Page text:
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LETTERS TO EDITOR
A CurtainUp London Review
by Lizzie Loveridge
It must be in the genes. It is refreshing to find a talented child of a talented father. Often that artistic ability can skip a generation or two before it manifests. Edward Hall will be known as a sought after director in his own right, not just as the son of Sir Peter Hall, who single-handedly transformed a generation of theatre going. Edward Hall's Julius Caesar is ground breaking. He has chosen to give us an intense version of the play, a two and a quarter hour run through, dynamic political play with beautifully matched twin performances from Brutus (Greg Hicks) and Cassius (Tim Pigott-Smith) and design to die for.
Edward Hall's interpretation of Julius Caesar seemed to me to be a play not just about omens and portents and the danger of ignoring them, but also about people changing their minds, the fickleness of political support. In the first few scenes it is Cassius who tries to persuade Brutus that Caesar (Ian Hogg) is a threat to the Republic. It was Brutus' ancestor Decimus Brutus who had rid Rome of the Etruscan king and was one of the founders in the creation of the Roman Republic. Later Caesar is pleaded with by Calpurnia (Siãn Howard) not to go to the Capitol but changes his mind. After his death, the crowd sways from anger at Caesar's murder towards understanding that the end justifies the means under the influence of Brutus' oratory. The crowd switches again when Mark Antony (Tom Mannion) cleverly uses a counter argument initially disguised as praise for Caesar's assassins. The "What If" school of history has much to debate here.
The opening scene is unforgettable, an innovation of light and music and ceremony and celebration. The music, a song "Love of the Republic"; the words Peace Freedom Liberty carved in stone, but despoiled by graffiti; those same words lit in neon lettering. The whole, a brightly lit scene of near adulation for a rather bumbling Caesar, which culminates with a ticker tape welcome, bits of tissue paper tumbling onto the audience in the manner of a Slava's Snow Show.
Mark Antony ascends from a bath of blood pouring the sticky red liquid onto himself with a cup made from what looks like half a human pelvis in some obscure Roman ritual. The explanation, I suggest for this, is that it is Antony's offering of the crown to Caesar which is the seed of the conspiracy to murder Caesar. The choice was clearly between Caesar and the survival of the Roman Republic, the res publica. There is more use of sung music in this production, some Verdi, stirring stuff, adding atmosphere. A ten piece live band supports. I shall remember the black shirted crowd, an echo of Fascism in the brutal way that they hang the unfortunate poet, Cinna (Sean Hannaway) who happens to have the same name as one of Caesar's assassins. In the pre-battle scenes, snow falls settling on the troops, creating a bleak landscape underlining the problems created by Caesar's assassination, the power void which has resulted in civil war. The new lighting technology is in use here in a functional, post modernist design of large tracked lights visible to the audience. The costume is modern dress but with togas draped over the uniforms. It works well. A life size statue of Caesar dominates the scene at his house to underline the cult of the individual.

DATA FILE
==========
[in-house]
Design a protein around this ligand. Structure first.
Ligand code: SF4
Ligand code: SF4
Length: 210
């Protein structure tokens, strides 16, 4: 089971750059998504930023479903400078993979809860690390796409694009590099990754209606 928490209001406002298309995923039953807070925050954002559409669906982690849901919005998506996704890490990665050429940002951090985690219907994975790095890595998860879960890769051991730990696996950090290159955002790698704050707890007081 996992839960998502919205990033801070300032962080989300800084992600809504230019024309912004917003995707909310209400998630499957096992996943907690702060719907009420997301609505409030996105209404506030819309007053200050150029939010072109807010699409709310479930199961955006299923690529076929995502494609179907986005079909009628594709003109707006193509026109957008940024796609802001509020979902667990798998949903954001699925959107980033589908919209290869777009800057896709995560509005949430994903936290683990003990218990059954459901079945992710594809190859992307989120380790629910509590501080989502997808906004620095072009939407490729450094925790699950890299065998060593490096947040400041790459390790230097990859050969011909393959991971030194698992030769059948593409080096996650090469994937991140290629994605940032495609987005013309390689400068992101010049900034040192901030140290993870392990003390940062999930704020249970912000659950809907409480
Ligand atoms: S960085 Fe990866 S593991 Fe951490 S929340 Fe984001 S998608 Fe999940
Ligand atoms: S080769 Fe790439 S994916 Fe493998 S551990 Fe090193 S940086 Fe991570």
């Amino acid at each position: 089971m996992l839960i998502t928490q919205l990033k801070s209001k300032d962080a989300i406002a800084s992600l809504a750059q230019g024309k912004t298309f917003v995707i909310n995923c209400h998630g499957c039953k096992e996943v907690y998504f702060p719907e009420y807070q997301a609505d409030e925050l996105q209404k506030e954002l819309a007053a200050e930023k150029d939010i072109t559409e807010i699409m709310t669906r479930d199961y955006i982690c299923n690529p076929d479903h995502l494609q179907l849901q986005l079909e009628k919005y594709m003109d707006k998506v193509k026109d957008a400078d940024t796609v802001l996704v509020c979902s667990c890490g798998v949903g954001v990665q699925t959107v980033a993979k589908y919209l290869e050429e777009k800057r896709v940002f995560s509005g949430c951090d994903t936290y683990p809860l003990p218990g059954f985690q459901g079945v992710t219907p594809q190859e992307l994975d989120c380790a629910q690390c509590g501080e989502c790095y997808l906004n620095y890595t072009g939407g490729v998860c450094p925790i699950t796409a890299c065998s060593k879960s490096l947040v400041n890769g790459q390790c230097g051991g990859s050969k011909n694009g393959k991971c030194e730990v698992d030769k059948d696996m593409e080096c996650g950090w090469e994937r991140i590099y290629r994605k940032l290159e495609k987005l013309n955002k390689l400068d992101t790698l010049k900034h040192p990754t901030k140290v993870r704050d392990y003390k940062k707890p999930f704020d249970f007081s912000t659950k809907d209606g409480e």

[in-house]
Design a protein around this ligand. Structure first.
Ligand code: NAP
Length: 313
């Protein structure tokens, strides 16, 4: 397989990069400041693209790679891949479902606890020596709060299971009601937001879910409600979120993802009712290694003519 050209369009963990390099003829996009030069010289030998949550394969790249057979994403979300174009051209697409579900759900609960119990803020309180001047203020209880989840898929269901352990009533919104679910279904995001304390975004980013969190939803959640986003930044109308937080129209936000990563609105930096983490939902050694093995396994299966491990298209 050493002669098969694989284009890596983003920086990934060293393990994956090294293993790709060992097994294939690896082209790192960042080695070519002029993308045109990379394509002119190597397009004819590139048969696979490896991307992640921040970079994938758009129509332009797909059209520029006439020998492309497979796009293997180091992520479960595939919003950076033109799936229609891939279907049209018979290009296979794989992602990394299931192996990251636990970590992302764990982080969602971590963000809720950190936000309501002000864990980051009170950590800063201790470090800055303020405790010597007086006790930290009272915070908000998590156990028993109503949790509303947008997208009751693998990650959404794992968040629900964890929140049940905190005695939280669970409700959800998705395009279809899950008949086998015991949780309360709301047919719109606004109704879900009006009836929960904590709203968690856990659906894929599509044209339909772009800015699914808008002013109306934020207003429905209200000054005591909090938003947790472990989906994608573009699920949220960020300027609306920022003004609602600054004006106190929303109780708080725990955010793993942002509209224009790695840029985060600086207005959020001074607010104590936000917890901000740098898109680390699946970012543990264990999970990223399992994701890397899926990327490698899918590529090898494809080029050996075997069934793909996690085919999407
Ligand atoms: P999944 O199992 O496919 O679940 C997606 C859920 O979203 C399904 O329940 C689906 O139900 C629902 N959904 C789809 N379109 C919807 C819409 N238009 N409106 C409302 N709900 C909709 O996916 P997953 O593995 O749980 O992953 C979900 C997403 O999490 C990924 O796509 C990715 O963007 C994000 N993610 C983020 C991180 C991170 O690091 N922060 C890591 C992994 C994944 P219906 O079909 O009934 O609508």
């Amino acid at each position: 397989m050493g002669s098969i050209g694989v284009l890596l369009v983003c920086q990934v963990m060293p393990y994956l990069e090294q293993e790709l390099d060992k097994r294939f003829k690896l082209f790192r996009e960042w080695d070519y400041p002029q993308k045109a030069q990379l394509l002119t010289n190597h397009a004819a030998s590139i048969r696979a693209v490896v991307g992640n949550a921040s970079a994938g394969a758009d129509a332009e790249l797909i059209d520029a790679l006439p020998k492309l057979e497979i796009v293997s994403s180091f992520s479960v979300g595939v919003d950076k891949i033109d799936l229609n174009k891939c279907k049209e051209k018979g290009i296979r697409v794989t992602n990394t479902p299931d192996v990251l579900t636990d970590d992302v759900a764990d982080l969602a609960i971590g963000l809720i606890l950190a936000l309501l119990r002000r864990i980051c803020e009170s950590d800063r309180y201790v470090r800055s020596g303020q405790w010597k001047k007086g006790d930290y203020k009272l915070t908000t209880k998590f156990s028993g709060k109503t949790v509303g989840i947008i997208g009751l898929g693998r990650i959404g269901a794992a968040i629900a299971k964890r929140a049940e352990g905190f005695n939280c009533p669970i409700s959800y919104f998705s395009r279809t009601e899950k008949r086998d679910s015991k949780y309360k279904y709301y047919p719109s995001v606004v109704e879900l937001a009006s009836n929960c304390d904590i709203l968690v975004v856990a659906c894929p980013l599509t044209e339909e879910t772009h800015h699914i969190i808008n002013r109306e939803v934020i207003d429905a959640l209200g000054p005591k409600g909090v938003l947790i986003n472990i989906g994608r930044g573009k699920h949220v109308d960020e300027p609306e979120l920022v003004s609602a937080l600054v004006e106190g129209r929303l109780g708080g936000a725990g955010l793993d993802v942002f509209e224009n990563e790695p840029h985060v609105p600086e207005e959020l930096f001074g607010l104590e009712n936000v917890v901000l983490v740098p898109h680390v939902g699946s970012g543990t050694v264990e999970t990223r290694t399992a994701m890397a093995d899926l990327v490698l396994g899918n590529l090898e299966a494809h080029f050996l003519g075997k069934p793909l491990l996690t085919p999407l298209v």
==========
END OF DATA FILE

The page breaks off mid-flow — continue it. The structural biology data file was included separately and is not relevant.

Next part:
The main thrust of this production is not the plain countryman, the dog like in his loyalty, Mark Antony, or the orchard loving, vain Caesar who haunts, but the relationship between Cassius and Brutus. Greg Hicks is a Shakespearean actor with immense stage presence, one of the foremost of his generation, mainly due to his wonderful voice with its deep register and inbuilt reverberation. He has this way of emphasising the text with a pause, a hand held out, thumb extended and the echoing emphasis on the last word. He is magnificent as anyone who saw him play Priam in Hall's Tantalus last season, will remember. In his hands Brutus is not only noble but a brilliant politician. Tim Pigott-Smith's Cassius, with another wonderful voice, is well matched to Greg Hicks showing Brutus his dark side, his shadow. Cassius is not a black and white villain but an ordinary man caught up in an extraordinary situation. There is a furious argument between the pair before the battle where Brutus overturns furniture in a fearful and frightening rage, only for him to regain his composure and in a tender moment confess that the news of his wife, Portia's ( Claire Cox) suicide has upset him.
This is the best Julius Caesar I have seen, a hallmarked* production which does justice to the powerful imagery of Shakespeare's language in this graphic play. The political issues stand the test of time and Hall's production is brimming with new and exciting ideas. You have until April 6th to see it! *British standard for gold and silver
Note: The same production team of Edward Hall, designer Michael Pavelka and Ben Ormerod, lighting, will come together to produceRose Rage an adaptation of Shakespeare's Henry VI in two plays at the Theatre Royal Haymarket from 12th June to 21 July 2002
Edward Hall's other plays: Tantalus
Reviews of Other productions of Julius Caesar
in New York
6, 500 Comparative Phrases including 800 Shakespearean Metaphors by CurtainUp's editor.
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